*I think I am doing it wrong, but I could hardly find any topics discussing cryptocurrencies at MM. It certainly isn't the most sensible investment in a risk perspective, but the prospects of earning a slab on the side are ridiculous...

Just highlighting all of the things that sound like you are throwing money into something you don't understand or even believe in...  Read quotes from the tech bubble. Many of them sound pretty similar. I'm not trying to pick on you, just pointing out you are getting ahead of yourself. Don't jump in because the price went up in the past. Research, try to stay unbiased, and determine if you think it will be valuable in the future.

Quote from: Kleric
So as far as cryptos go, block chain technology at least on the ethereum side is going to literally change how we do things globally.

JP Morgan Chase is creating their own, not using Ethereum. Vanguad has also announced they are looking at using blockchain technology for sharing information with index providers. Blockchain will likely change how we do things.

Bitcoin, ethereum, ect. don't have a patent on blockchain technology. The fact that blockchain technology is expanding outside of crypto-currencies shouldn't be construed as a good thing for crypto-currencies. JP Morgan is also the worst example if you are searching for a company that is pro-bitcoin. Jamie Dimon, the CEO of JPMChase, loves blockchain technology, but he thinks so little of cryptocurrencies that he publicly scolded his own daughter for buying bitcoin.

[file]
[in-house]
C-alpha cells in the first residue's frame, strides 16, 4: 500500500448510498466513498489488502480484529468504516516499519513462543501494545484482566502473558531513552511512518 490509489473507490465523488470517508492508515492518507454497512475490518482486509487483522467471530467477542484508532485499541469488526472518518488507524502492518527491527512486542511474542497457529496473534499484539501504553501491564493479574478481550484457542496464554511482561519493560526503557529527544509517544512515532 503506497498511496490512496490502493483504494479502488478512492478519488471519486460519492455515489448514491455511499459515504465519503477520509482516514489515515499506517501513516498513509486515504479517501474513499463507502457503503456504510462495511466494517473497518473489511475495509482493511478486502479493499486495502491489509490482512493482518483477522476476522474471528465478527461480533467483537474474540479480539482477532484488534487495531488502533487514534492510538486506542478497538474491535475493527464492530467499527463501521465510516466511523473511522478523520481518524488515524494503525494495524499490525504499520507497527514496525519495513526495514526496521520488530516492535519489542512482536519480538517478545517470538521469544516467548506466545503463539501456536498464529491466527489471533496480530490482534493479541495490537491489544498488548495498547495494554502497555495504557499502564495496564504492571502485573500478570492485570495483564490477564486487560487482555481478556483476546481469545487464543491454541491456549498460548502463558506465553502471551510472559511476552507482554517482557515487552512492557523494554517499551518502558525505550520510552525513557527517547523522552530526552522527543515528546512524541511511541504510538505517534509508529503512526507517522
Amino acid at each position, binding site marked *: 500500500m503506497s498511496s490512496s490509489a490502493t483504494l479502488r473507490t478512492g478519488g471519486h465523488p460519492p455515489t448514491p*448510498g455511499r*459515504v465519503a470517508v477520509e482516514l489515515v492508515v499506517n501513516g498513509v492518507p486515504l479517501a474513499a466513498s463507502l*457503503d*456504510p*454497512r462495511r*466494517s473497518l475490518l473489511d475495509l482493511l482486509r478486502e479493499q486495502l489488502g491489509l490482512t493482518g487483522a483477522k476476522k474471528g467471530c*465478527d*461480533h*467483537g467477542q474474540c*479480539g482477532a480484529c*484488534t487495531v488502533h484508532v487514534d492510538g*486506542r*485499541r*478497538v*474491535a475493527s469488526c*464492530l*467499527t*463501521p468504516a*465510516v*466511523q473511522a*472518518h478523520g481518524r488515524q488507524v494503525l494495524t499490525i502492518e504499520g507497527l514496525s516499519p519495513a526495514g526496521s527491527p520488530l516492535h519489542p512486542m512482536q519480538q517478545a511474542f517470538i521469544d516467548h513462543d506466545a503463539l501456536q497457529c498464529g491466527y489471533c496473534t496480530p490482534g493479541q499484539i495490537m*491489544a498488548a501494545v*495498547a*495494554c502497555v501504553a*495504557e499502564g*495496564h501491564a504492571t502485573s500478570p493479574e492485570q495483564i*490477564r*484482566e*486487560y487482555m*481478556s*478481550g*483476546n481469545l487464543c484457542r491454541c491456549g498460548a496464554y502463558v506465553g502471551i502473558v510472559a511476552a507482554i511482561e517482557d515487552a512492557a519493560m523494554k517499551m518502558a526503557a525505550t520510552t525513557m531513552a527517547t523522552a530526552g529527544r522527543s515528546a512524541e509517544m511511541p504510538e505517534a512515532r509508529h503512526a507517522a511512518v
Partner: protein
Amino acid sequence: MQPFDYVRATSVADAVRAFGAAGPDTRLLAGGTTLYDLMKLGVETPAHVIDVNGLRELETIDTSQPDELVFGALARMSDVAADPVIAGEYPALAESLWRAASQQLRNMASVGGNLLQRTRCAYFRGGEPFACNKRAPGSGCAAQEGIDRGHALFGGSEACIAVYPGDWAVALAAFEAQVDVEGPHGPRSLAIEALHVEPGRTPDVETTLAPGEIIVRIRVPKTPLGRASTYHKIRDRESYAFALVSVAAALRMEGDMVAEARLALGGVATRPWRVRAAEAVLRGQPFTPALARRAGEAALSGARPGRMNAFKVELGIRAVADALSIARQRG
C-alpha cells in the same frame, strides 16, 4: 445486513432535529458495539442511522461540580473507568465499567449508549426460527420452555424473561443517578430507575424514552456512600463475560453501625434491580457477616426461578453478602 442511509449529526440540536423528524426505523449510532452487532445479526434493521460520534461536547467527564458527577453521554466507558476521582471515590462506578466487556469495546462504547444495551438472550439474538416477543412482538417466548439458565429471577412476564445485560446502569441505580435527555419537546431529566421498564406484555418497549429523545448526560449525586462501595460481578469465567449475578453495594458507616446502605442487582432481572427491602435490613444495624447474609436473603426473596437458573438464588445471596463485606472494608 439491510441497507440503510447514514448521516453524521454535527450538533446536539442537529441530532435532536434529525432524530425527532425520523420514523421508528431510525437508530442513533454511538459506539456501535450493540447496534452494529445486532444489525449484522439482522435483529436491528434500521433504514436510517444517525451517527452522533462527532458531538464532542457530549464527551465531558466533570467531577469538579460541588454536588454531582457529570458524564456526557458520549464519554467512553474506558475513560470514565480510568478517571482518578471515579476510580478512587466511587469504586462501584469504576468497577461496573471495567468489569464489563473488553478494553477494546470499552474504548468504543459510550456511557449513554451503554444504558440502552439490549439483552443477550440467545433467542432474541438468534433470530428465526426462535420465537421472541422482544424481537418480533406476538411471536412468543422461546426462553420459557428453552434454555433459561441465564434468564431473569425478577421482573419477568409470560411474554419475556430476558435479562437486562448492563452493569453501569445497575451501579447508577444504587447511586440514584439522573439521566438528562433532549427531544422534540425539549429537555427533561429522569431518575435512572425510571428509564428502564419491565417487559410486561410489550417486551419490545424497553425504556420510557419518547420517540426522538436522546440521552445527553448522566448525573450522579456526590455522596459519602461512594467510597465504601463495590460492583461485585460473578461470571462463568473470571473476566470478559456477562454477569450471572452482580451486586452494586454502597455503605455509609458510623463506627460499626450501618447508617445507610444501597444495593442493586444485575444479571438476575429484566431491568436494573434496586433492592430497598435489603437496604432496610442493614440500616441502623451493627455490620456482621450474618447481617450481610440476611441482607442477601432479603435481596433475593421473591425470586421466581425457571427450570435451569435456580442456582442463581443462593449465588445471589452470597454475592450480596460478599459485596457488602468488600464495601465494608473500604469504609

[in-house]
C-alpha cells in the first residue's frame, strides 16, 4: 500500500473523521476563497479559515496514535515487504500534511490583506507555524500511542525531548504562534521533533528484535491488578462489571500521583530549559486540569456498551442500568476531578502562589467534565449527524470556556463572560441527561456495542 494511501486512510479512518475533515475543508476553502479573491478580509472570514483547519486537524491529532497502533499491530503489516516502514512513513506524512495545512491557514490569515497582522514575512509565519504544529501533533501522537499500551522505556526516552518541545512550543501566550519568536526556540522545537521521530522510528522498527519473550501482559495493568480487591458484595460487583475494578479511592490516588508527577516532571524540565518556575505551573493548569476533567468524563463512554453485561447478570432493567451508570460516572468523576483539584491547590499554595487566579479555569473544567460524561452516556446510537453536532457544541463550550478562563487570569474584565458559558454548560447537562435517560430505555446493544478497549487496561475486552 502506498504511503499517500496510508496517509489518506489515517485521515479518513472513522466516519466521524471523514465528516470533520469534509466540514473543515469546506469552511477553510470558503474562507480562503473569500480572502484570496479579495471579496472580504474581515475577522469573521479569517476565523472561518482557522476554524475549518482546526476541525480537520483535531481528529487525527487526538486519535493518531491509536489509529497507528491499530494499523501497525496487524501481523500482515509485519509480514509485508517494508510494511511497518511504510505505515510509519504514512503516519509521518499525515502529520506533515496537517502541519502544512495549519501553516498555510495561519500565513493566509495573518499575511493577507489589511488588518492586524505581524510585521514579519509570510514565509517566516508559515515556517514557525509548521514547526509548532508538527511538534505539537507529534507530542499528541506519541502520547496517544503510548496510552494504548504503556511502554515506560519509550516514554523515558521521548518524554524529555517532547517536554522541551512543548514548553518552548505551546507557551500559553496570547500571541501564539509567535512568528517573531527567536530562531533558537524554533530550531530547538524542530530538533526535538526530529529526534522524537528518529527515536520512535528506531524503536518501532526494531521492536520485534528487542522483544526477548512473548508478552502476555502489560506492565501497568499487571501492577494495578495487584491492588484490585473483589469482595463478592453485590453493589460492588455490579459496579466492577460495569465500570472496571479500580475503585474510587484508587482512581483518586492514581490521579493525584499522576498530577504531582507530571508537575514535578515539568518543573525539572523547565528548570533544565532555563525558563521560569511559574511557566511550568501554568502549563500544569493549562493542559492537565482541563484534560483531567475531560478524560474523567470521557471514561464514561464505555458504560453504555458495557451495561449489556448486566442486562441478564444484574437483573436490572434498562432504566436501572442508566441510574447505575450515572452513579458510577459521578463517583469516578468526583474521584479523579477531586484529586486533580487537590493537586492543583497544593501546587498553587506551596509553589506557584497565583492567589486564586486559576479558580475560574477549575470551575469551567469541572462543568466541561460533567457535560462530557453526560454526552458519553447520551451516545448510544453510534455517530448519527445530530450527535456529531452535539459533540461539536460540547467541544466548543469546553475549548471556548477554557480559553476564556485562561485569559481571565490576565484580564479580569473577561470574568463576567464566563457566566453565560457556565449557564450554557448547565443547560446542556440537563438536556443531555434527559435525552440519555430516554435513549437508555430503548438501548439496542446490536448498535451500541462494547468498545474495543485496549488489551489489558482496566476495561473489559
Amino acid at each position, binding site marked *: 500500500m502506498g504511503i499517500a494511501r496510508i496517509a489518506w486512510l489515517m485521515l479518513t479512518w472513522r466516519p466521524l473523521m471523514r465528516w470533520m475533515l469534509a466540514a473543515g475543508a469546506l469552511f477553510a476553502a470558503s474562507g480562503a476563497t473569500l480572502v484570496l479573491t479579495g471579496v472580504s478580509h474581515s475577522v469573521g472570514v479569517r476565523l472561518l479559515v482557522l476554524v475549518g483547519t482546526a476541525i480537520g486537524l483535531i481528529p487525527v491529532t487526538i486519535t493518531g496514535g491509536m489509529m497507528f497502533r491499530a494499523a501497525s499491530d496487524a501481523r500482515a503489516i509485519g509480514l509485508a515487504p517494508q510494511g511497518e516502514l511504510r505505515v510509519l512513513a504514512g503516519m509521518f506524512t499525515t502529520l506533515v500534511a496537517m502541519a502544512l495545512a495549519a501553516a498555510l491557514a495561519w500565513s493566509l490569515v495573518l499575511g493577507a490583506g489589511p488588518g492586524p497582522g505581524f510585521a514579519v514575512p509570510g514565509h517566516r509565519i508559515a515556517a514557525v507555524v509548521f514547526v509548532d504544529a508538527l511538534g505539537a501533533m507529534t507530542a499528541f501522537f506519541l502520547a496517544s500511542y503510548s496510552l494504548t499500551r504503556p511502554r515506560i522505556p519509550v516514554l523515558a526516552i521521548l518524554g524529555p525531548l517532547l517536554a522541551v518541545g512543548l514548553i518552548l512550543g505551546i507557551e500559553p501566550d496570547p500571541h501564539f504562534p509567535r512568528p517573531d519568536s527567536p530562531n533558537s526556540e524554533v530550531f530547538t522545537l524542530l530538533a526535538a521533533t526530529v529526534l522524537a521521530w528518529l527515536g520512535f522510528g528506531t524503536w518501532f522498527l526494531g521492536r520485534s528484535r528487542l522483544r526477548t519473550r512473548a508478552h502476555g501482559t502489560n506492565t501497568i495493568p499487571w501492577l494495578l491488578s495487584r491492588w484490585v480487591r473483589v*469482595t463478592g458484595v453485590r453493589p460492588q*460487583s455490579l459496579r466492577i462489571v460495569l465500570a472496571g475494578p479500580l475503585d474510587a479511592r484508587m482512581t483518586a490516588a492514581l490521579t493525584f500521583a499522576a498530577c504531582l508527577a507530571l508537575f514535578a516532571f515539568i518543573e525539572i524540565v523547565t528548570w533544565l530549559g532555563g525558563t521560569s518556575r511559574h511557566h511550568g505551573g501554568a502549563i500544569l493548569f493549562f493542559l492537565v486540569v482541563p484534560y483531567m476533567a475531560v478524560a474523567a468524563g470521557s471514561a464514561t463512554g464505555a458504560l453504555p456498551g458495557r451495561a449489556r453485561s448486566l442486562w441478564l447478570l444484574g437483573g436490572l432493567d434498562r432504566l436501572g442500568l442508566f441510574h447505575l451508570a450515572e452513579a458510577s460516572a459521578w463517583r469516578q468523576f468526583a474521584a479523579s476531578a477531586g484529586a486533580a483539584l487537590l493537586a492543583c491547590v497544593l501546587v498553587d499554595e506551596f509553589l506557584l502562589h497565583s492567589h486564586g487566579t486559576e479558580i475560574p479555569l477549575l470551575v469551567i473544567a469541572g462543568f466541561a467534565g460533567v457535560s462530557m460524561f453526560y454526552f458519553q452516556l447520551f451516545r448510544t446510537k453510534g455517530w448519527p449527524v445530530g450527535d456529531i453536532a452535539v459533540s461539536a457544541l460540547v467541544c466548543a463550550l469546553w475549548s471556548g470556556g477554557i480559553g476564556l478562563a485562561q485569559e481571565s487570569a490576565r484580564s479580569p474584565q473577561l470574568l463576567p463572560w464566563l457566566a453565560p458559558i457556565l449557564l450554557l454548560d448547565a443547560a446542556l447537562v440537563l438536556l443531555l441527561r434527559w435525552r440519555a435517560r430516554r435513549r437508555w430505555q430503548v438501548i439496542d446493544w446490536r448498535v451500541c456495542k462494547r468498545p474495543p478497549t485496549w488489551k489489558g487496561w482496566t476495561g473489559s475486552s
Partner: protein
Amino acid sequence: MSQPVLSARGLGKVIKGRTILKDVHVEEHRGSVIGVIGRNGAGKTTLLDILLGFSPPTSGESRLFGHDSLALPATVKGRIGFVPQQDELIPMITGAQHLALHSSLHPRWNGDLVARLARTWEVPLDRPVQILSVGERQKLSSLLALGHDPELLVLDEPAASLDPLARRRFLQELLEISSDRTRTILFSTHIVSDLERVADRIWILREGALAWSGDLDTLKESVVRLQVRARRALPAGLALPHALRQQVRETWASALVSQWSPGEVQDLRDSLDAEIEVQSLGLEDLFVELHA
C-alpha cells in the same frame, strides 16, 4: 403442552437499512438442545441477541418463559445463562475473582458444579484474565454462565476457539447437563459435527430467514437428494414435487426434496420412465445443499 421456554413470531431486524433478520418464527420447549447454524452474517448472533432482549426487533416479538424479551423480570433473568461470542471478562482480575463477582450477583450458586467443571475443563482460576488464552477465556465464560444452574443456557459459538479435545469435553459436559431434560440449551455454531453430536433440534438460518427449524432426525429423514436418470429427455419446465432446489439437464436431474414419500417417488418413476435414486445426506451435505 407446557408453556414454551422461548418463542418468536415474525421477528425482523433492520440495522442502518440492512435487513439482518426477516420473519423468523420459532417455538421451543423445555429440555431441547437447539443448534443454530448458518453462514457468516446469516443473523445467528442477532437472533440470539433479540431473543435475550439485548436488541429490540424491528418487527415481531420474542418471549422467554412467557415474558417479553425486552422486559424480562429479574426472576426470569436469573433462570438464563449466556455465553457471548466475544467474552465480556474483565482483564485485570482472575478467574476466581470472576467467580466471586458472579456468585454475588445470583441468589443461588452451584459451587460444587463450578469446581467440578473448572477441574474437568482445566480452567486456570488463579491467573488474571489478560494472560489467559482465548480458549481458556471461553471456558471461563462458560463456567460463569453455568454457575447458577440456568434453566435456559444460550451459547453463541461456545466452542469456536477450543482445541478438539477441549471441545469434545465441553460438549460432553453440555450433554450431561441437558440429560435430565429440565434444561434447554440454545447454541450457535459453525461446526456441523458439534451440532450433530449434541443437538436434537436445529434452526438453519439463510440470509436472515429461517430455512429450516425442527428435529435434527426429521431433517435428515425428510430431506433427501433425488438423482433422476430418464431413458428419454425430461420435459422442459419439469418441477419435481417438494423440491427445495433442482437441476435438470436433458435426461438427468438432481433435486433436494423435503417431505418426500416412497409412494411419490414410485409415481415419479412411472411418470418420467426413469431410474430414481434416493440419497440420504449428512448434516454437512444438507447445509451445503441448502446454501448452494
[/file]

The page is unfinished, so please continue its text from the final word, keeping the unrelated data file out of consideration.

Sjalabais

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Re: Cryptocurrency VS Banks
« Reply #35 on: December 19, 2017, 11:29:14 AM »
@Indexer, you are absolutely right. The thing is, I have read about phenomenon like this forever, also studying the original tech bubble when it happened. Despite the whole concept of herd-think-bubbles being thoroughly displeasing and irrational, people make real money off it. I've never joined any of these gambles before, except for some forex speculation, and I just want to try it. What I am thinking of doing is investing maybe 1000$ in Ethereum, taking it out again at triple value, so I have my investment back and the rest is just toy money. If the whole shenanigan implodes, well, there's a lesson in there and I just lost one grand.